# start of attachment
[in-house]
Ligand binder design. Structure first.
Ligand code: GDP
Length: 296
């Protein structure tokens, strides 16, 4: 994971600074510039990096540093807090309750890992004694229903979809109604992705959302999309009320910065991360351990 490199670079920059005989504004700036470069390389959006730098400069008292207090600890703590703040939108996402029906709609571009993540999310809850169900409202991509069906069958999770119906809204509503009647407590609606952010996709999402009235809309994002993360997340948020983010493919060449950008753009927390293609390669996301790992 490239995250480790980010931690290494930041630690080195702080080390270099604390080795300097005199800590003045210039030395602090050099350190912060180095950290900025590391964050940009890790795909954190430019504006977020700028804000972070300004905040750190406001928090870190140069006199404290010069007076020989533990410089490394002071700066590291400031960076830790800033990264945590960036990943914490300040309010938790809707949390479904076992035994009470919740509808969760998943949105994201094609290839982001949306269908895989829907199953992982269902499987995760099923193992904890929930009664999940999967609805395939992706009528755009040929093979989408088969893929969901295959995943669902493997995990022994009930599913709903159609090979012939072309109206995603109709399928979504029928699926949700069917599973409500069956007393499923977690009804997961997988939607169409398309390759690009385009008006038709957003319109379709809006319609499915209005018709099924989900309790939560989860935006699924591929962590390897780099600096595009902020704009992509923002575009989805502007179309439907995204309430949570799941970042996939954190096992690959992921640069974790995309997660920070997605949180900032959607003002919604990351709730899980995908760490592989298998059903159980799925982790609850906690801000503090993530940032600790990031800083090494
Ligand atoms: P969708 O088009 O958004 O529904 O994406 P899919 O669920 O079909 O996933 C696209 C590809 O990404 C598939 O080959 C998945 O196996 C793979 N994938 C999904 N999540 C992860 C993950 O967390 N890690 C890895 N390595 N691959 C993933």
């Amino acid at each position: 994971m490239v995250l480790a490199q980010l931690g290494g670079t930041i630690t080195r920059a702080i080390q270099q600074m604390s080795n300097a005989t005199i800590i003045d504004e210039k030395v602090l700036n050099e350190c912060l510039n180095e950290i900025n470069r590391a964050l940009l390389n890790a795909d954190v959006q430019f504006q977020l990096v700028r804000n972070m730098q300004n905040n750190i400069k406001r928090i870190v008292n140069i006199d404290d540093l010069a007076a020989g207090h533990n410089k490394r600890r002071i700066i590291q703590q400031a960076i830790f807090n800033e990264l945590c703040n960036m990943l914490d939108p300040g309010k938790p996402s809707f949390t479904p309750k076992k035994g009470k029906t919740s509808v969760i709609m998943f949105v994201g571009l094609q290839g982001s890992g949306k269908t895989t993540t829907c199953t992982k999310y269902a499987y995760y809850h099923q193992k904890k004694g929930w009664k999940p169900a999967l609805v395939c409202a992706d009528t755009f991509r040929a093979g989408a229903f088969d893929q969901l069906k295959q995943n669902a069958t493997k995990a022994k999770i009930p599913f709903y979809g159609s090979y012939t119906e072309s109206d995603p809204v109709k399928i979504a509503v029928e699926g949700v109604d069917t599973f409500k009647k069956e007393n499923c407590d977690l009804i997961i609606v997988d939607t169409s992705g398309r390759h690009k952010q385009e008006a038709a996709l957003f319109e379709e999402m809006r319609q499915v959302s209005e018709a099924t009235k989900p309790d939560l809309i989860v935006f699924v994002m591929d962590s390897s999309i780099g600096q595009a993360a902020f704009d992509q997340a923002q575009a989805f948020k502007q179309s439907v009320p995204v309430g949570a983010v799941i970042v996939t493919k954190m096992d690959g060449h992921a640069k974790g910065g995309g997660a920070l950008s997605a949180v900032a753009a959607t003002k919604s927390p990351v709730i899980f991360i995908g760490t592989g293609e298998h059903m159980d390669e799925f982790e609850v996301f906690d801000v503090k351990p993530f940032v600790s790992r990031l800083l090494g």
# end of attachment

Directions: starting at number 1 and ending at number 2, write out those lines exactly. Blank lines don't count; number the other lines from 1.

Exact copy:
[in-house]
Ligand binder design. Structure first.